27 In support, there is ancient dictum to this effect from Lord Eldon LC in Dann v Spurrier 1802 7 Ves 231,235-236: ‘this Court will not permit a man knowingly, though but passively, to encourage another to lay out money under an erroneous opinion of title; and the circumstance of looking on is in many cases as strong as using terms of encouragement.’ But as Lord Walker opined, such a constructive assurance must be clear and unequivocal, observing at para 56 of the Thorner case: ‘to establish a proprietary estoppel the relevant assurance must be clear enough. What amounts to sufficient clarity, in a case of this sort, is hugely dependent on context.’ As to the instant case, the ‘context’ of arguably looking on offered by Maureen is not ‘clear enough’, being in the teeth of the phone calls and LDA letter, while Casarin said in evidence, ‘what could I do, she is my sister’, offering insight into the reality of human interaction, not being lawyerly disputation, showing on realising Chapman was building a more permanent structure while Casarin was mostly absent, so that Chapman was simply ignoring what she had been told not to do, Casarin felt powerless to stop her.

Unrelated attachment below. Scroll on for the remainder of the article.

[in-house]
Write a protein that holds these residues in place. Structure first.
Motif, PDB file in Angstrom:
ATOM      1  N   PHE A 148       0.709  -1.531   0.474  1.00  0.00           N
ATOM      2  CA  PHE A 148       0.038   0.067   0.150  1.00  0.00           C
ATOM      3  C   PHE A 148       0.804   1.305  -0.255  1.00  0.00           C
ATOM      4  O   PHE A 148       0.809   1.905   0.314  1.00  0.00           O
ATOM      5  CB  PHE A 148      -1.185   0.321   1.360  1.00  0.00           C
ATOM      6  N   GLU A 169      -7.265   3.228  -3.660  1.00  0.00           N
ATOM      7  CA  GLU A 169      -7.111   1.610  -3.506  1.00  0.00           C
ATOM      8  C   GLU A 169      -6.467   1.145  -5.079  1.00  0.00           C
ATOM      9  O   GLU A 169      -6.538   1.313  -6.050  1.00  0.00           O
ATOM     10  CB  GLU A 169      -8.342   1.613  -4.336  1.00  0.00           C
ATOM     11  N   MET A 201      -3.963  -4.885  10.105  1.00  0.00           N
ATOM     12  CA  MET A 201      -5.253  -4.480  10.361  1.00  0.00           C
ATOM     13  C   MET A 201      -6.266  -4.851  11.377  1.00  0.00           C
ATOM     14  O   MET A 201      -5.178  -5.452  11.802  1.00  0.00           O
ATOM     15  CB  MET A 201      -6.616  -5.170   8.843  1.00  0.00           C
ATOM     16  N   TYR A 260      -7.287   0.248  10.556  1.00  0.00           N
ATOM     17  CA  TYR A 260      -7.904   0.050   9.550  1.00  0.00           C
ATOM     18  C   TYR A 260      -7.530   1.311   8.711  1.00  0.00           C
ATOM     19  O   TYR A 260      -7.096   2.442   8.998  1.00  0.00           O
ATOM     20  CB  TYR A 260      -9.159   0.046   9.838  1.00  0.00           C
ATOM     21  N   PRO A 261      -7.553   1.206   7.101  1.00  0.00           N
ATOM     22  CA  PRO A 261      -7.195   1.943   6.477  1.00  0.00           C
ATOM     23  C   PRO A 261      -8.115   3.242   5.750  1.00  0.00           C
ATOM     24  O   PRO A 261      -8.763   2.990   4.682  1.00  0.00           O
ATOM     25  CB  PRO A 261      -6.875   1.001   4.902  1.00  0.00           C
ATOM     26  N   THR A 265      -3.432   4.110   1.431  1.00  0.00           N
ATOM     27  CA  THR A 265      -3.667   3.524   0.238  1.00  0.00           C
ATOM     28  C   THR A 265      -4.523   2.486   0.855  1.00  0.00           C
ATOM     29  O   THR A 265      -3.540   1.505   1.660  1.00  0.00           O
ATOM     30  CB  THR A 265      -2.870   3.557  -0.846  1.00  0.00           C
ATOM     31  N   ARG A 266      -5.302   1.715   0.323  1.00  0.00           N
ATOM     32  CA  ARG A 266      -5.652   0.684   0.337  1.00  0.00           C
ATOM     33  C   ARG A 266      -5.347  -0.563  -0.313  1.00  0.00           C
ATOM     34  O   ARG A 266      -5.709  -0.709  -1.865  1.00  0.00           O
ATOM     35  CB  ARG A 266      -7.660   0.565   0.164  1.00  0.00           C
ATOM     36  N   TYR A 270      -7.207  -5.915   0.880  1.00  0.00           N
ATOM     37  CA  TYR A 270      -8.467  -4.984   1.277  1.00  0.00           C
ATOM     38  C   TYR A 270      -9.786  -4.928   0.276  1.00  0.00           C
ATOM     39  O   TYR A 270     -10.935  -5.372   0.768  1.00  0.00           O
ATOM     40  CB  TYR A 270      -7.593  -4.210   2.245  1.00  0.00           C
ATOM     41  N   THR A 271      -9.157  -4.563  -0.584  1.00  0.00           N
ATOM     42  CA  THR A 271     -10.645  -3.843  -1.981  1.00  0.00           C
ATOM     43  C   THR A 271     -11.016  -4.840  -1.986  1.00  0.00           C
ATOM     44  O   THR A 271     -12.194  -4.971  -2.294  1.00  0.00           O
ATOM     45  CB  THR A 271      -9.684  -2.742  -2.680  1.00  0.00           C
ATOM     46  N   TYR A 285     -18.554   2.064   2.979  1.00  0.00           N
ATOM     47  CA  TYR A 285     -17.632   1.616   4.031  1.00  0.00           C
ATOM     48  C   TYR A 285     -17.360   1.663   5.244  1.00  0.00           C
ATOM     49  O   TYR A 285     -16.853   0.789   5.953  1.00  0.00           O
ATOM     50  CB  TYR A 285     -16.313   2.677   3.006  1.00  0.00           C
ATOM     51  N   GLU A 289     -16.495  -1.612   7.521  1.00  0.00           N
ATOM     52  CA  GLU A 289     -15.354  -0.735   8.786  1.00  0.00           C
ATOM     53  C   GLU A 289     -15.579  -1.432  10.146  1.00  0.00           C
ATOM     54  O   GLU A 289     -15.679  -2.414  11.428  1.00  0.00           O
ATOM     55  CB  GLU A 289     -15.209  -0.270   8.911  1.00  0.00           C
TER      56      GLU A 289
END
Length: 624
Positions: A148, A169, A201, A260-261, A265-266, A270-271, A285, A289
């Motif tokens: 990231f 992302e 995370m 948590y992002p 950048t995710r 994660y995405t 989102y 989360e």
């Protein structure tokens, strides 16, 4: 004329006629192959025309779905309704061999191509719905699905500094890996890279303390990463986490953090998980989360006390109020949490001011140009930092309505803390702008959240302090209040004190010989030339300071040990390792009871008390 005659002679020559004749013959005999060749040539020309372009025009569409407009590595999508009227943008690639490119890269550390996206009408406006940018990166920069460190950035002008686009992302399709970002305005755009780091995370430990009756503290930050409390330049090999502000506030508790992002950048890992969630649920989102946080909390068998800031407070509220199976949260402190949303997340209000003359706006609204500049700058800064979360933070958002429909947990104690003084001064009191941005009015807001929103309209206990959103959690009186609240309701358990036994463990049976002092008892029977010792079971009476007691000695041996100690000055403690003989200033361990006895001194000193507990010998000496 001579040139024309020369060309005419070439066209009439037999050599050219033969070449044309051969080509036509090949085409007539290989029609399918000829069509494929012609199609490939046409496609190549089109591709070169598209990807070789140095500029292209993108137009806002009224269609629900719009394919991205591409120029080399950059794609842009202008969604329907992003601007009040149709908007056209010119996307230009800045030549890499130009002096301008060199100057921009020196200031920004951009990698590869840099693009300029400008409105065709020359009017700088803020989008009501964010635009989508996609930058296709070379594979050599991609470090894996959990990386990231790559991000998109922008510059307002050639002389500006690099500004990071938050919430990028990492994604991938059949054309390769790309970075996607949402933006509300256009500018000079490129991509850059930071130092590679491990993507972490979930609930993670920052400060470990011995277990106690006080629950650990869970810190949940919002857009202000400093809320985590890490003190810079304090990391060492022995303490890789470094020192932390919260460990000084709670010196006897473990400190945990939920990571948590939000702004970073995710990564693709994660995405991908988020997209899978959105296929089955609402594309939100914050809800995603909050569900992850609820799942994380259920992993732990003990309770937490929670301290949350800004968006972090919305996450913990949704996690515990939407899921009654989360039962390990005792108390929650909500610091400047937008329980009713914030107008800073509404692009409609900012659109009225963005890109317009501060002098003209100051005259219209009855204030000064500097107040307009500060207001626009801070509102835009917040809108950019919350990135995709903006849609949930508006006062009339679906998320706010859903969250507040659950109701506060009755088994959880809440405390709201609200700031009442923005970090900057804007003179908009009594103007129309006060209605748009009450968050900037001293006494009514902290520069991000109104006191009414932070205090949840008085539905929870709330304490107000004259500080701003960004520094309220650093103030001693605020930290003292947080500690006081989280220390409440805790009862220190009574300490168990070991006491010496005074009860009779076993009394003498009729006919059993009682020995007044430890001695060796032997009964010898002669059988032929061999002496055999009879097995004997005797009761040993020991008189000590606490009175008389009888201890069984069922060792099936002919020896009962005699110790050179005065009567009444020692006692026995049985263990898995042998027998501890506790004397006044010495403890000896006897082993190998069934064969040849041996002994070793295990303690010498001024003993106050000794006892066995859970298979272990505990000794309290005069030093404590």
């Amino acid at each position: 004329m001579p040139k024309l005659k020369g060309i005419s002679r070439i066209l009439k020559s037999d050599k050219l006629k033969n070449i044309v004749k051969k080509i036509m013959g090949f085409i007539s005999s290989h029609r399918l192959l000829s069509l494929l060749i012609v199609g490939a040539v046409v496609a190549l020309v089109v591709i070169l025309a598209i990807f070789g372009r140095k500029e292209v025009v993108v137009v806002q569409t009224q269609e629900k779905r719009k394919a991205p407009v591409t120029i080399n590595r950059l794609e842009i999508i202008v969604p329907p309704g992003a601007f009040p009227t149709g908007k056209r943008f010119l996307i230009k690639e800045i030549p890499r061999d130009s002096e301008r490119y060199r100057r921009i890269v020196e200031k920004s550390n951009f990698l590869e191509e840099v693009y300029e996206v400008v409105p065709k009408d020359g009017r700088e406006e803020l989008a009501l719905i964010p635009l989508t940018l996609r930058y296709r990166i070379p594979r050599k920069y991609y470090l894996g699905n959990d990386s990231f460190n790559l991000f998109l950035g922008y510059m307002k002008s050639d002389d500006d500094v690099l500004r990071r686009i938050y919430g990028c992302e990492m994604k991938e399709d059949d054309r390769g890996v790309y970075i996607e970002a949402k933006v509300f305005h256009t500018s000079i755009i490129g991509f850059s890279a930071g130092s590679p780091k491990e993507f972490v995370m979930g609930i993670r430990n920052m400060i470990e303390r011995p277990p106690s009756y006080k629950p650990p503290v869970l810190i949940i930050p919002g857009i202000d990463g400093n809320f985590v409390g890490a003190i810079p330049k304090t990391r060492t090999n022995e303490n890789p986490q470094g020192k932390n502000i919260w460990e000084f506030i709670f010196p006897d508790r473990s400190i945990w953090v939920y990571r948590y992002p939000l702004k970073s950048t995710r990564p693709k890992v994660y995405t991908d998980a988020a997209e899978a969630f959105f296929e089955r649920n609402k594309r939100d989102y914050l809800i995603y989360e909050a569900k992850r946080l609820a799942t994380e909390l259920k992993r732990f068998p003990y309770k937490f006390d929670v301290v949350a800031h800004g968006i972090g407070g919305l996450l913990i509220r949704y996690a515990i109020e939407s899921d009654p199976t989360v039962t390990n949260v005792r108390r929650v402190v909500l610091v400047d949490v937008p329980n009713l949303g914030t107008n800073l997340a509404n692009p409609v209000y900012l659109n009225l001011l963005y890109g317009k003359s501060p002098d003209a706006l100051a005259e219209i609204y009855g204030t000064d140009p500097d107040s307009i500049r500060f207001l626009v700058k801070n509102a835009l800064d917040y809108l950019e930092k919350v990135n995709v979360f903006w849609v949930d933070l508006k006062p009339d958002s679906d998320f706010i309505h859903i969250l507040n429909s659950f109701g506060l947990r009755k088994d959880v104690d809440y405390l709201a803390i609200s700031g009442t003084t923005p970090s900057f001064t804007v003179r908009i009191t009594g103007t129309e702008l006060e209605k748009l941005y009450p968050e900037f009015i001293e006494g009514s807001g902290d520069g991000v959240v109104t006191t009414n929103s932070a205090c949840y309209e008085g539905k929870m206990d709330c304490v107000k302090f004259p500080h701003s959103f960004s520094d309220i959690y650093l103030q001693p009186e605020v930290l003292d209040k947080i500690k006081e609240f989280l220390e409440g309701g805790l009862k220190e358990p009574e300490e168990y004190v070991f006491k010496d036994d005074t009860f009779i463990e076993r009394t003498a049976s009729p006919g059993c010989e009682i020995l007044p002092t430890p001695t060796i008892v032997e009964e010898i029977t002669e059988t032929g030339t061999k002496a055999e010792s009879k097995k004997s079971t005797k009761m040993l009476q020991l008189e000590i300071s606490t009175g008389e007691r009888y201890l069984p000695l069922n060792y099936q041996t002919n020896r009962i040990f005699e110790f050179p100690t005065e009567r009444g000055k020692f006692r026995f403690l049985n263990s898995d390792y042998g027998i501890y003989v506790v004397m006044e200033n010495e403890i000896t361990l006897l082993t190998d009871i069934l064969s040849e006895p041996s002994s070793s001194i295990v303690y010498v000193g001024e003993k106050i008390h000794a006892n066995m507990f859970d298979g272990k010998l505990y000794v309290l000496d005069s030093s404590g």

28 In short, Chapman ignoring Casarin does not give her rights, and on balance she was always aware she was supposed to be paying a modest rent and in time to leave.
29 The second argument is whether Casarin has enjoyed unjust enrichment, to be cured by acquisition of proprietary interest or financial recompense to Chapman’s estate. This doctrine in the context of the case is the other side of the proprietary estoppel coin. It is correct Casarin has been enriched by Chapman building a house worth $230000ec as at 2017, but the question is whether this unjust, in the sense of unconscionable in equity.
30 In Samsoondar v Capital Insurance Company Ltd 2020 UKPC 312, the Privy Council recently opined at paras 18 and 19:
‘It has now become conventional to recognise…that a claim in the law of unjust enrichment has three central elements which the claimant must prove: that the defendant has been enriched, that the enrichment was at the claimant’s expense, and that the enrichment at the claimant’s expense was unjust. If those three elements are established by the claimant, it is then for the defendant to prove that there is a defence.